First, I have a confession to make: for the past few years, when not on writing duties I have been moonlighting in a country band.
This has not only led to a wardrobe full of checked shirts, but also a more practical desire: to learn more about the process of writing and recording music. As a result, in my evenings off, the dog grudgingly makes way for the tablet on my lap, so I can continue my studies.
I'm far from alone. Coursera, the platform delivering my free massive online open course (Mooc) in music production via Berklee College of Music, offers some 800 courses to students from 196 countries. It's not unheard of for Mooc cohorts to be in the tens of thousands. Online learning is on the rise.
Moocs are very much still the new kids on the block. Online learning itself, however, has been a part of university programmes and language courses for some time, and the modern incarnation is a thoroughly multimedia experience. "When we started online programmes some 12 years ago, they were very linear and text-based," explains Helen O'Sullivan, academic lead for online learning at the University of Liverpool. Today's courses still focus on students remotely discussing the content they have read, she continues, "but they're now supplemented by video, online lectures and other web-based materials".
Technology, in the form of both software and the portable devices used to access it, has played a huge part in the evolution of online study. Whether you're on a business MSc or learning a new language, content can be quickly uploaded and accessed anywhere, says Judy Verses, president of global enterprise and education at language learning provider Rosetta Stone. "We are thinking mobile first, with the mantra 'anytime, anywhere, any device'."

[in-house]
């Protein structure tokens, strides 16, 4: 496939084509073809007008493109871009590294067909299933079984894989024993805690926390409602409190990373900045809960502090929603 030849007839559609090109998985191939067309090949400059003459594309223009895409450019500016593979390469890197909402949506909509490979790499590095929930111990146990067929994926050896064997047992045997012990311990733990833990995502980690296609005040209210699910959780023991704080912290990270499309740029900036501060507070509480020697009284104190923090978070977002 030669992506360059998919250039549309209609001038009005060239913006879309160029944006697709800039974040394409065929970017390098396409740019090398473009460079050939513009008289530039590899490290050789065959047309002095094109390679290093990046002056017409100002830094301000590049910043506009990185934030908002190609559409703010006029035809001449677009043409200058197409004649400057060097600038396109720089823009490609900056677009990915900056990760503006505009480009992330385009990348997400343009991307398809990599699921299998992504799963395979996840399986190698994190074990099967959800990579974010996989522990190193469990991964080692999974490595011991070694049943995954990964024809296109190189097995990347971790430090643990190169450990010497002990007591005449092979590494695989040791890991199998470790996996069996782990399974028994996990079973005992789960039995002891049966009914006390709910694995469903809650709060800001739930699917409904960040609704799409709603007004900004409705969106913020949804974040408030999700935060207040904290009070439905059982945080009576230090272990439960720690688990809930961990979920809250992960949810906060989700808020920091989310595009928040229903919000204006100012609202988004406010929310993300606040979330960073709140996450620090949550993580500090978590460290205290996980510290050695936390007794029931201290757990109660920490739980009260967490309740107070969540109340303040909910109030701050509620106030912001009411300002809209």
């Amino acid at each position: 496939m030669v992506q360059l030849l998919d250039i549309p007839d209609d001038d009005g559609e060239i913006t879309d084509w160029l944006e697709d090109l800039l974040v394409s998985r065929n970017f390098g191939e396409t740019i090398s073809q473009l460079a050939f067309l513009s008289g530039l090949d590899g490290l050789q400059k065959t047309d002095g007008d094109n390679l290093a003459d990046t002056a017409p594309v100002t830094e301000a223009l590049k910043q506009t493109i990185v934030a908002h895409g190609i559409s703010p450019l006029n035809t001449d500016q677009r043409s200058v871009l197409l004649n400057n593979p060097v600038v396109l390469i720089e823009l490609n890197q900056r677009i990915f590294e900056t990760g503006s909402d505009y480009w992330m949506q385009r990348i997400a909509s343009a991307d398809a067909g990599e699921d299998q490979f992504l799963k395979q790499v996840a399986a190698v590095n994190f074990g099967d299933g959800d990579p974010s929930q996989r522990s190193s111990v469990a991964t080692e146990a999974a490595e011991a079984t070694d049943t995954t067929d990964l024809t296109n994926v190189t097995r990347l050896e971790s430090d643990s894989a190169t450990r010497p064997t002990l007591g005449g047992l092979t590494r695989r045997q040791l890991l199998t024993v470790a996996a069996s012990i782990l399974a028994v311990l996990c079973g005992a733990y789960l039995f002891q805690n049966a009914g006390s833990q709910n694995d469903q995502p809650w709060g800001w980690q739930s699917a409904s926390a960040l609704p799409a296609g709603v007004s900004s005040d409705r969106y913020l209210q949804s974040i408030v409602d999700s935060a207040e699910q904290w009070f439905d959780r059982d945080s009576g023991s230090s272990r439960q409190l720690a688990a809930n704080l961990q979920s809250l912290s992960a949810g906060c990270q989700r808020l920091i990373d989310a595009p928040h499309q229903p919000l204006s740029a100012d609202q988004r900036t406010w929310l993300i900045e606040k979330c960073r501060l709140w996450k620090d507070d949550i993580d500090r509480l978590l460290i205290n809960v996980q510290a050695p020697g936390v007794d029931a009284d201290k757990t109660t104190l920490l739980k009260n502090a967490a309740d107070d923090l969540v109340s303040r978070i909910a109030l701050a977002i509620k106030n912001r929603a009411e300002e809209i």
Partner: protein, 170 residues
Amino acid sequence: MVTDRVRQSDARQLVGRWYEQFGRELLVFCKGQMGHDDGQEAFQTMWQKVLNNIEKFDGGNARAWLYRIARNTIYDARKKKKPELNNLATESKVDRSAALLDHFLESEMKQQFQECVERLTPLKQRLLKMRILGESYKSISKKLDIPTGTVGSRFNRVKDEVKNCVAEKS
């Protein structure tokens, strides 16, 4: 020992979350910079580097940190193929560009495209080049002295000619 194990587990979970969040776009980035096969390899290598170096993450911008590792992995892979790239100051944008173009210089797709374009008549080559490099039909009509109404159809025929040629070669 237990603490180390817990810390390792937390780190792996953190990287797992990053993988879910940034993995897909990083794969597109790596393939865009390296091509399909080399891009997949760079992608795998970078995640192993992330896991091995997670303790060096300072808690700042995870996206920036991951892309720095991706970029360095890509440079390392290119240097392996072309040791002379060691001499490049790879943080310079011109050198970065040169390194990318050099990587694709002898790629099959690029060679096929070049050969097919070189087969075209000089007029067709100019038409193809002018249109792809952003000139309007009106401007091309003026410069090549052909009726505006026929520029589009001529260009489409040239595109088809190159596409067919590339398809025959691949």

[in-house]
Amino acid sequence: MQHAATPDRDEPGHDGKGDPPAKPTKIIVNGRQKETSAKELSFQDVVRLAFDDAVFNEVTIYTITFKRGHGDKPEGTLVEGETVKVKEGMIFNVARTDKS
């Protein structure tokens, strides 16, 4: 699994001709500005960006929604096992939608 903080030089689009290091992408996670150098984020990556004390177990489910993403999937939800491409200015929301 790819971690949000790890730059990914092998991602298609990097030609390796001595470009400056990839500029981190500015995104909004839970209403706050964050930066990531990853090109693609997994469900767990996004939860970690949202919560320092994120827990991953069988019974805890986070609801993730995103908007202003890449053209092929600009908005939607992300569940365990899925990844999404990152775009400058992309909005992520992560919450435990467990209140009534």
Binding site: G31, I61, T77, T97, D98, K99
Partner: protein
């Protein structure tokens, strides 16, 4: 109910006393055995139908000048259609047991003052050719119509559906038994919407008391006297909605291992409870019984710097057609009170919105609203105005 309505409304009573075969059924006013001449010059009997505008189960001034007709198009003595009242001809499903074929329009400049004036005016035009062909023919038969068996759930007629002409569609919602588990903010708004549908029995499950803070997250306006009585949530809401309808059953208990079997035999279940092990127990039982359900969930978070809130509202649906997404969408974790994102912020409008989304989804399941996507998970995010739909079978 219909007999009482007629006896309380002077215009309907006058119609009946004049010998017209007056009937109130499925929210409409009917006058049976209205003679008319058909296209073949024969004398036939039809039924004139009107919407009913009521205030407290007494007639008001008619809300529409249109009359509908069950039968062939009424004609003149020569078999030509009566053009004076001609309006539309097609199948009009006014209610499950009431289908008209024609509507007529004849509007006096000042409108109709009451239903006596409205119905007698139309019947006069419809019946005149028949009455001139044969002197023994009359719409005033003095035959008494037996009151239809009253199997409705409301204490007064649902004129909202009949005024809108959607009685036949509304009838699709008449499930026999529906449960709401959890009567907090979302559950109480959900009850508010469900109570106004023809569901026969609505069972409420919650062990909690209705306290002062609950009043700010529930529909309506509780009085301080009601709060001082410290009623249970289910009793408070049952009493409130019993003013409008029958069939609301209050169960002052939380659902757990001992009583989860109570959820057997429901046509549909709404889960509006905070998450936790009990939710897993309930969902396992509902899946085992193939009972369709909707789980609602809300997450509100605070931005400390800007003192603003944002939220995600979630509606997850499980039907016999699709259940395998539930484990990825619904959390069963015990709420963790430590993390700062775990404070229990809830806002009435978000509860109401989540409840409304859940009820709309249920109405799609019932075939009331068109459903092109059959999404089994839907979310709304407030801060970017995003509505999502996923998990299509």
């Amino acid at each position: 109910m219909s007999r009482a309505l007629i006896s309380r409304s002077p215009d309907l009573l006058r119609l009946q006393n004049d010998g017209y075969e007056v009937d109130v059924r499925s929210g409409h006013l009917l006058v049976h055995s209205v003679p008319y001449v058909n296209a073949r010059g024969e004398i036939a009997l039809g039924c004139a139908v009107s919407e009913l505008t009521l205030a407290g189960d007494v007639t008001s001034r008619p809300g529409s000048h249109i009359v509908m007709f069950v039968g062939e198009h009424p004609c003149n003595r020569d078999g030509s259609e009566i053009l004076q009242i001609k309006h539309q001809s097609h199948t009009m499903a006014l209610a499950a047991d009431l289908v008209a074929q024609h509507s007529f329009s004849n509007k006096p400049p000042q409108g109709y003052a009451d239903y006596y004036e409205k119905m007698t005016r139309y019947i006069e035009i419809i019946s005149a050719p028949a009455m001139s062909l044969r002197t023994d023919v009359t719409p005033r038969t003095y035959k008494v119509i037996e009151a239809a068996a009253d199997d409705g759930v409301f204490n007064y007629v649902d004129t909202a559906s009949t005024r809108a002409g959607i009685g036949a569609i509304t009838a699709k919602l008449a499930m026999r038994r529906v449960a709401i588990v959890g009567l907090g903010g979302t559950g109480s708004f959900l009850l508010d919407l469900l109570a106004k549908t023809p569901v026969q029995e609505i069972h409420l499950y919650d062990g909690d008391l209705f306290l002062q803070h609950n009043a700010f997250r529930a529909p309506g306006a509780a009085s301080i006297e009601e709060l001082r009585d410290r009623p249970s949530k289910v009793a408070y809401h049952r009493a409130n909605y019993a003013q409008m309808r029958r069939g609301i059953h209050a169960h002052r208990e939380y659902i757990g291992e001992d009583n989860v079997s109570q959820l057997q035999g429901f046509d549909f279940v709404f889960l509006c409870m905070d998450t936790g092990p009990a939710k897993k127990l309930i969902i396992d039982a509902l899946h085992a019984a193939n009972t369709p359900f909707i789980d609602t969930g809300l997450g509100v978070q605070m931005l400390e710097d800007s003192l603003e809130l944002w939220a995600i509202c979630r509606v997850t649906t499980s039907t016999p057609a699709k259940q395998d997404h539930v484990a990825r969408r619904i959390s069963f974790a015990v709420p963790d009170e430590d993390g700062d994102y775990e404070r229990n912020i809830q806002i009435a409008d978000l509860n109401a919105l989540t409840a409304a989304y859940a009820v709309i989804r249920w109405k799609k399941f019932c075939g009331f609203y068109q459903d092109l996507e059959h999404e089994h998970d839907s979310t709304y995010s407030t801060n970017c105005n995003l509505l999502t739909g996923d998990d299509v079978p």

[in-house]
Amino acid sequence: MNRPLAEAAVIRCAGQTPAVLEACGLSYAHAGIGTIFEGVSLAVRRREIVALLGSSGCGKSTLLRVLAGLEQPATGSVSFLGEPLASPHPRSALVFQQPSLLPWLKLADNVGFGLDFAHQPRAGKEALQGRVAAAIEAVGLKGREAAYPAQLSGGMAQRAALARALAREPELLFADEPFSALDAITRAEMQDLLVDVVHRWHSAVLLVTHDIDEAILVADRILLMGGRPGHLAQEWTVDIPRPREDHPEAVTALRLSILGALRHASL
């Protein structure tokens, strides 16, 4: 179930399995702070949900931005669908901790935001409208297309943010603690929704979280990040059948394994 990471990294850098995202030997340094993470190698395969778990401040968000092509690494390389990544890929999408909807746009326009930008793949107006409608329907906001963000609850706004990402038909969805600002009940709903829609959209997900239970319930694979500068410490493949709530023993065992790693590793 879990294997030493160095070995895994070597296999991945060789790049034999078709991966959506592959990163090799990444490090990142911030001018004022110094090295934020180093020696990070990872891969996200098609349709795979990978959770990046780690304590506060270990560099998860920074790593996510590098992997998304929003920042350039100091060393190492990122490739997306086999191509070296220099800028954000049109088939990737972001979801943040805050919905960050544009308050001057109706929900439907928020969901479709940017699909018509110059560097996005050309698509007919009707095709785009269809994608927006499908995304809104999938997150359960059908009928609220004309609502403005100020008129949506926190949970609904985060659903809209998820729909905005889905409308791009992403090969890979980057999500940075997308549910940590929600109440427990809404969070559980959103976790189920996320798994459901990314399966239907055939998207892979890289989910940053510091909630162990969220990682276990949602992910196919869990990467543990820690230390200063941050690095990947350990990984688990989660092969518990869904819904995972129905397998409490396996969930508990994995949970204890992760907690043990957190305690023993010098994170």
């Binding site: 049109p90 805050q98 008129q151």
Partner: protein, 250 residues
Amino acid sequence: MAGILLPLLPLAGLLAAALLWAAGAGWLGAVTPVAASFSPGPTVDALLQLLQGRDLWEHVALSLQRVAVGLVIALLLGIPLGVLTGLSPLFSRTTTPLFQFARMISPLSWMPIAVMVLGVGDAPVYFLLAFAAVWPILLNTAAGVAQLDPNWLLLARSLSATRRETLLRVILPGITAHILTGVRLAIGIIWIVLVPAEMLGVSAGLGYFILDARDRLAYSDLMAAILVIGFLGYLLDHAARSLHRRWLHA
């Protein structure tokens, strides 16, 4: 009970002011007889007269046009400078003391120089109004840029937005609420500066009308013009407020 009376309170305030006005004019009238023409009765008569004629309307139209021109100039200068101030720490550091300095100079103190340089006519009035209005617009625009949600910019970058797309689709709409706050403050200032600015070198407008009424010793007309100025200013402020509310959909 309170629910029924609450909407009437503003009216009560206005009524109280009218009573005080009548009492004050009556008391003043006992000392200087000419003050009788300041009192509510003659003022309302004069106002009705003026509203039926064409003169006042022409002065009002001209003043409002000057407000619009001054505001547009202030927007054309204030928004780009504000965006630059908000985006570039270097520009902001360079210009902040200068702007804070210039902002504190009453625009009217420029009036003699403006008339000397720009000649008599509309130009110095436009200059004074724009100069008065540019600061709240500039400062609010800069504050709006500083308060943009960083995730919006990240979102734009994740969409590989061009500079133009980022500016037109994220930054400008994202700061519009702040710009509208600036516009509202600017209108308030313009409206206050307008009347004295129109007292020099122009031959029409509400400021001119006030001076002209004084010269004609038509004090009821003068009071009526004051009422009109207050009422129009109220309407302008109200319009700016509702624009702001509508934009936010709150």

For Open University student Lucy Flint, 43, discovering technology was one of the benefits of studying for her BSc in life sciences. "I had to explore different learning environments and use technologies I hadn't met before. You become used to having a go at something new," she says. As well as enabling her to fit studying into a busy schedule, the degree improved her scientific understanding, which in turn boosted her medical events business. "There are other benefits that I would associate with continuous learning, including confidence and taking risks."
Unlike their more formal counterparts, Moocs are short and do not award degrees upon completion (although it's often possible to sign up for a certificate of completion, for a fee), but this doesn't mean they lack value, according to Daphne Koller, president and co-founder of Coursera. "Moocs allow anyone in the world with an internet connection to get access to anything they want to learn," she says.
Courses allows learners at all levels - there are no entry requirements - to engage with a subject as they see fit. A learner might be motivated by casual curiosity, or be looking to complete a programme and enhance their CV. "This is a way of making education permeate your day-to-day life," says Koller.
My experience supports this. The first Mooc I signed up for - in songwriting - provided meaningful instruction but also introduced me to new ways of thinking about music. As listener and performer, this was no small benefit, while getting involved in structured learning again improved focus and organisation. Plus, it was just fun.
However, I stayed clear of the class forums, fearing they would be as unruly as other communities or comment sections. But according to Koller, this is exactly where the real learning can happen. "If you find something challenging, there are people who find it invigorating to help their fellow students. This environment attracts people who are excited about improving themselves; it doesn't attract the typical troll."
Reassured, I ventured into the forums on my new programme and found exactly the environment Koller describes: helpful, informed people sharing their experiences and expertise. I learned more to help answer the queries I had in a few minutes than in the previous hour's aimless internet wanderings, trying to solve the same problem.
Using social media to enhance learning is the great strength of Moocs, says Céline Louche, professor of strategy at Audencia Nantes business school. "There's a misconception that Moocs just involve watching an expert give a lecture," she says. "What's most rewarding for participants is taking the video as a starting point from which they are asked to carry out assignments and take part in discussions."
Following a successful launch for the school's corporate social responsibility course, Audencia will develop others. Moocs are here to stay, says Louche. "This brand of online learning is now a firm part of the business education landscape."